What You Need to Know About Smoke Detectors

Everyone dreads the idea of a fire destroying his or her home. It’s hard to imagine the treasured possessions accumulated over a lifetime turned to ashes and charred remains. Even more difficult is coping with the irreplaceable loss of loved ones. Fortunately, much of this could be prevented. The number of reported fires in houses with smoke alarms is 10 times less than in those without alarms.

Most people realize that detectors are their best protection in a fire yet approximately 13% of Canadian households don’t use them. A lack of information and reluctance to make the investment seem to be the main reasons. These homeowners put themselves in danger when they are most vulnerable. Statistically, the worst fires occur in the evening when people are sleeping. By the time they smell smoke or feel heat, the fire is rampant and the occupants of the home can become trapped or overcome by the carbon monoxide present in smoke. Alarms are designed to sound at the first sign of smoke increasing the odds that both the residents and their possessions will survive.

It’s important to be aware that there are different types of fires and different types of detectors. Ionization alarms are triggered when smoke particles interrupt the ion current that flows between two metal plates. The advantage of these detectors is that the smoke can be invisible to the human eye, while remaining “visible” to the ionization detector. The ion conductivity is produced by a tiny amount of radioactive material-Americium-241 (or AM-241). Some research has been done which indicates ionization detectors may not be very good at detecting smouldering fires which produce small amounts of particles. These detectors work best in smoky fires such as kitchen fires.

Photoelectric devices work on an entirely different principle-smoke particles cross a steady beam of light and set off the alarm much like a motion sensor. There are conflicting reports on the efficiency of this detector and it is recommended that homeowners invest in a dual photoelectric/ionization device which combines both functions. At the very least, if you already have an ionization device you should invest in a photoelectric version and visa versa.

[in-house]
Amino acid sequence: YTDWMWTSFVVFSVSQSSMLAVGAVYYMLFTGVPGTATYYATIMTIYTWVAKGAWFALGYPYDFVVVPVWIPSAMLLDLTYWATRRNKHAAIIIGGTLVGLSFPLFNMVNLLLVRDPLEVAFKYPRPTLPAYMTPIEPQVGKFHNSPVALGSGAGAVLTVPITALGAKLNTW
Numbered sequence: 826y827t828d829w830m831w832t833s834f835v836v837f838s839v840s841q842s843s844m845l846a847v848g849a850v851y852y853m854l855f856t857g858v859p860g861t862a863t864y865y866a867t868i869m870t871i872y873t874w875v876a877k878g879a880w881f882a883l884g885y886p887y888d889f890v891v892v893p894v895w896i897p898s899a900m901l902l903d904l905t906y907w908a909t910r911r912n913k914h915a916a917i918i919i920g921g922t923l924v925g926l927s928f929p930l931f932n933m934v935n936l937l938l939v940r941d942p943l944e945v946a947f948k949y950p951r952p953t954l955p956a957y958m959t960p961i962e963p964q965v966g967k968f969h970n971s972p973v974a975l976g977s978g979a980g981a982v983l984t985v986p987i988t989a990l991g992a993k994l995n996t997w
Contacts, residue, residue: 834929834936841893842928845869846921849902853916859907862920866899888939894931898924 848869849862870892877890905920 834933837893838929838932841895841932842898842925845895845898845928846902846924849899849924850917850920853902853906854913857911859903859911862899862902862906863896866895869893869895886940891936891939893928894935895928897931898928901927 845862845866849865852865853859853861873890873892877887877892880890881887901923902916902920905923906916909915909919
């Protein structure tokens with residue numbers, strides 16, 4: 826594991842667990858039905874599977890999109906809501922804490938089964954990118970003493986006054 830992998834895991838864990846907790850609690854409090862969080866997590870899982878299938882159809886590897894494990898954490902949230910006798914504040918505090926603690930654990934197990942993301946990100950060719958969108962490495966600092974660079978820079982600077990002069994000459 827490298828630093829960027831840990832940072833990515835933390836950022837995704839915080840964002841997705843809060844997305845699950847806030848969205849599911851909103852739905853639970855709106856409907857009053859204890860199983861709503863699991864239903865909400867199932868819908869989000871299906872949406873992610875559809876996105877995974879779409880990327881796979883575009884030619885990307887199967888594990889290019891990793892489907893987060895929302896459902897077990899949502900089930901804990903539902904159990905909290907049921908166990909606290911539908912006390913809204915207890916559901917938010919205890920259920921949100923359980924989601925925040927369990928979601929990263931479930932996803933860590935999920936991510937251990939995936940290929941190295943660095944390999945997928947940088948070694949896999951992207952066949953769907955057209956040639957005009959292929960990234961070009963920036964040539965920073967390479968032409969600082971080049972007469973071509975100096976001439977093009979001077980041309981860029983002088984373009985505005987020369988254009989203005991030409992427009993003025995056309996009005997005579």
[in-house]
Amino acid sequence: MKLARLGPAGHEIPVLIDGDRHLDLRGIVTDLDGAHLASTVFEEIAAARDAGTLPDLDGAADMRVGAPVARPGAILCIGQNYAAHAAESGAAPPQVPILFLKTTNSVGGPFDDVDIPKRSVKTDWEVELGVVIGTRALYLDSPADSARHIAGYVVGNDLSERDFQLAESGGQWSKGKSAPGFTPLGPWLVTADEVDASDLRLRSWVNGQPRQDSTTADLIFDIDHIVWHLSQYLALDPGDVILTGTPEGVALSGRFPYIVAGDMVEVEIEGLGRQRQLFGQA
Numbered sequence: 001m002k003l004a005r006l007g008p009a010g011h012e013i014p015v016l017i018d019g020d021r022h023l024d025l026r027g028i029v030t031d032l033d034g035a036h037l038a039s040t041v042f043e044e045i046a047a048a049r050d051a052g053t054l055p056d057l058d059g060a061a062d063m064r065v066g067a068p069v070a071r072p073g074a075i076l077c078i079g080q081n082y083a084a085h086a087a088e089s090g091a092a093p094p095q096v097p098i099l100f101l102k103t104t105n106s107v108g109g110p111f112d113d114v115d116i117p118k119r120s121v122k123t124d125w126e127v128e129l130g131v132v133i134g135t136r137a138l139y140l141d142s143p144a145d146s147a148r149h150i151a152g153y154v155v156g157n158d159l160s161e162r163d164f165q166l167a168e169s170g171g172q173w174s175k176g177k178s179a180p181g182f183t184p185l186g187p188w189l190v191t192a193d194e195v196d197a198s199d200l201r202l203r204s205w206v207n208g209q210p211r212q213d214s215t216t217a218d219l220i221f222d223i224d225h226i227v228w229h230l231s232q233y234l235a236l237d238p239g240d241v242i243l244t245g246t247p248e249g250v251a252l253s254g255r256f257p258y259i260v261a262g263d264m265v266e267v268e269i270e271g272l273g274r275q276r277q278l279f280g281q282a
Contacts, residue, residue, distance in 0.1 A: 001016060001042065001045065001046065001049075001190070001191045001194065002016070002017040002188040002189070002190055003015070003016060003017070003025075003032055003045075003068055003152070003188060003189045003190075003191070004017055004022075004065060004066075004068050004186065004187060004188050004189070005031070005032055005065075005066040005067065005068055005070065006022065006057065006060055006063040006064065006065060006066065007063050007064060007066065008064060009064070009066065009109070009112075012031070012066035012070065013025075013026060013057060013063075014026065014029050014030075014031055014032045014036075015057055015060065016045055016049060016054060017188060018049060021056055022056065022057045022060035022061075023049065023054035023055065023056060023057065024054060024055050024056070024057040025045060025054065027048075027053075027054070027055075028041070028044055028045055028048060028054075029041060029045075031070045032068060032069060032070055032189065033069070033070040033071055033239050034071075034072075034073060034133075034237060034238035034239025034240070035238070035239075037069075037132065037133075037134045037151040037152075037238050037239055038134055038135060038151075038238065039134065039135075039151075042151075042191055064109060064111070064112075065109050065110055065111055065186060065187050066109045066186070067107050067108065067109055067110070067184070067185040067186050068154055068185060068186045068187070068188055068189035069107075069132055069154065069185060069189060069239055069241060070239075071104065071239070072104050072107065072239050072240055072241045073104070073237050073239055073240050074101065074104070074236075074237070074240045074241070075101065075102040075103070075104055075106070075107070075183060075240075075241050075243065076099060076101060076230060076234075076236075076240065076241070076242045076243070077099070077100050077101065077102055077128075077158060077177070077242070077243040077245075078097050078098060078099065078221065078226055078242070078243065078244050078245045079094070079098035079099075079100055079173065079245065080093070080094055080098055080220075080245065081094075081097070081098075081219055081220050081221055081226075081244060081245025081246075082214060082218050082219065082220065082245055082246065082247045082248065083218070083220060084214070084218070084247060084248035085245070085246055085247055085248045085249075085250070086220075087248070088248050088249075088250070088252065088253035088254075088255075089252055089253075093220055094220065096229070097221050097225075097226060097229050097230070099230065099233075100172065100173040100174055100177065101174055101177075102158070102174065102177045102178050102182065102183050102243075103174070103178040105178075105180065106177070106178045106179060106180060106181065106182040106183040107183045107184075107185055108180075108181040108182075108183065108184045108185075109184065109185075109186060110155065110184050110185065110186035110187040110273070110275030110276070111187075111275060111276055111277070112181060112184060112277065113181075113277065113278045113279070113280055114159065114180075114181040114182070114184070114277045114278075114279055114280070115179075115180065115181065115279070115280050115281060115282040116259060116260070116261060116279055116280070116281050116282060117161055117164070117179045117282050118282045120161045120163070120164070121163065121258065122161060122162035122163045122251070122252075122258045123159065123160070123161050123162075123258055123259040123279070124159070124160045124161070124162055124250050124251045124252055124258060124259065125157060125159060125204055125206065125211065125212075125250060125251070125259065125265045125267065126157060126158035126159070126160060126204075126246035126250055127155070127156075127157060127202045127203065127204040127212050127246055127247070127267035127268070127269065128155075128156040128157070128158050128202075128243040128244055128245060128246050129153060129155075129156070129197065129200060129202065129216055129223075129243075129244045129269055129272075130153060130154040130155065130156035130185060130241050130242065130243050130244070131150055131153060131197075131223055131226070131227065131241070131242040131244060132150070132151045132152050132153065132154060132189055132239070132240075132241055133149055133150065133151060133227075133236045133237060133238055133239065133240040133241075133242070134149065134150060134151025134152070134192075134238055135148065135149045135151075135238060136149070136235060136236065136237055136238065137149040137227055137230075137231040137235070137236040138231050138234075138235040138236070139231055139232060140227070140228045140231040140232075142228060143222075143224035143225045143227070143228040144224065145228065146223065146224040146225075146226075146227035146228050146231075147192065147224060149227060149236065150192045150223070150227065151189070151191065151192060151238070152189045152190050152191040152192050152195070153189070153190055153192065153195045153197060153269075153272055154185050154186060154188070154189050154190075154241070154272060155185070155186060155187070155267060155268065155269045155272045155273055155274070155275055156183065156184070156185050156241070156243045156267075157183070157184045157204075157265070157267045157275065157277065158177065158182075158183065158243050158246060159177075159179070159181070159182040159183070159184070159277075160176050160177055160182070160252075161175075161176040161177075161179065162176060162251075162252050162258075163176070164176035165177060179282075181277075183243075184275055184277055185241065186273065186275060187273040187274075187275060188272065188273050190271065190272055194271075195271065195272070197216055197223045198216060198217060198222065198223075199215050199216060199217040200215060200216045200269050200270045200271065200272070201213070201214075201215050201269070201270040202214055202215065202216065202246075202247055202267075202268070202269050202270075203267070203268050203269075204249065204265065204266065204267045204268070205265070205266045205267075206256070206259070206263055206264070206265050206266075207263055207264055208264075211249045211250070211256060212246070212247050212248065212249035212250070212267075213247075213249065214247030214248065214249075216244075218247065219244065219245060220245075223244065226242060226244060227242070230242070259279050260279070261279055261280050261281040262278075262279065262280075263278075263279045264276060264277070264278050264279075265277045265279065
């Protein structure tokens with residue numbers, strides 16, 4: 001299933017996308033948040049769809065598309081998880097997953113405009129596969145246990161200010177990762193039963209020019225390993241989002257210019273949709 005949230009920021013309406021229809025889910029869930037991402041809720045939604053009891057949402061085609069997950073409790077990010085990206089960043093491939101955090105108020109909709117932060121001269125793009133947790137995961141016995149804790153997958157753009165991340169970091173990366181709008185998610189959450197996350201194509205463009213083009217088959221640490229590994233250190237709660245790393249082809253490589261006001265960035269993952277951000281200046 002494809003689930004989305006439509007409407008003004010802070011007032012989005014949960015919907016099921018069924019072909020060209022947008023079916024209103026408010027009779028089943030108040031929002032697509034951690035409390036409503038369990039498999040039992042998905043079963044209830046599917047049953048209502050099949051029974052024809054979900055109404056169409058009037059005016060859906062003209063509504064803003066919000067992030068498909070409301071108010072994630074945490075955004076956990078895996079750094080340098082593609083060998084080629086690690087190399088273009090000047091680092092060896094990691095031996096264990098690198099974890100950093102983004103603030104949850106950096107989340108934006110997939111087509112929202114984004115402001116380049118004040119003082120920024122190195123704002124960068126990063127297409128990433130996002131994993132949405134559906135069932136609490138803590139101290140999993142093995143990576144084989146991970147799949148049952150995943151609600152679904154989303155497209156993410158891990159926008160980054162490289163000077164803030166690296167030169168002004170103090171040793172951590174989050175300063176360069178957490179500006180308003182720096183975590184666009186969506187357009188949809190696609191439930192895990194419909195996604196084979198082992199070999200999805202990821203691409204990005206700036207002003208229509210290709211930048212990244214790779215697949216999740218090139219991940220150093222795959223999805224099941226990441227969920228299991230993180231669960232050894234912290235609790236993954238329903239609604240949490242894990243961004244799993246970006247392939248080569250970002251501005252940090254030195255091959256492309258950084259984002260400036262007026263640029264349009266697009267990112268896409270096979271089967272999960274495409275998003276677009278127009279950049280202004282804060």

For greater protection install at least three alarms-one in the living room (41 percent of fatal fires start in the living room), one near the bedroom and one place few people think of-in the basement. Hot water heaters and furnaces in the basement can pose a significant fire hazard especially since a small fire there is likely to go unnoticed until the fire is too large to control.

You should also consider wiring your detectors for a chain-reaction. Normally, an isolated fire would have to burn intensely before setting off alarms at the opposite end of the home. Chain-reaction alarms sound simultaneously at the first sign of smoke giving your family valuable minutes to get to safety. When you purchase alarms, ask about connective wiring options.

Remember that tradition noise-producing alarms are ineffective for occupants who are deaf or hard of hearing. There have been great new innovations in the warning signal itself. A new product, The Scent of Life Signalling Device releases a pungent aerosol spray into the air when smoke is detected. This device also works well in high noise level areas. For more information on this product check out http://www.globweb.com/paradigm/solmain.htm. Strobe light alarms are also effective for the hearing impaired but must be placed well within view. If you opt for a strobe alarm for residential use be sure to place one in the bedroom.

The annual fire-death rate in houses without alarms is 130 deaths per million households. By installing several battery-operated detectors in each house, that rate would be reduced by almost two-thirds. Battery operated models range from $20-50. The safety rates are even better with wired-in smoke detectors which have been mandatory in new housing since 1980. These devices are more heat-resistant and reliable than battery operated alarms. Wired-in systems cost approximately $500.

Whichever system you choose be sure to follow installation and maintenance instructions. Battery operated models will either use staggered beeps or a blinking light to indicate low power. Don’t wait that long though-install new batteries when you change your clocks for daylight savings time in the spring and fall. You and your family will sleep easy knowing you’re protected. Hopefully the only alarm you’ll hear when you’re sleeping will have a snooze button!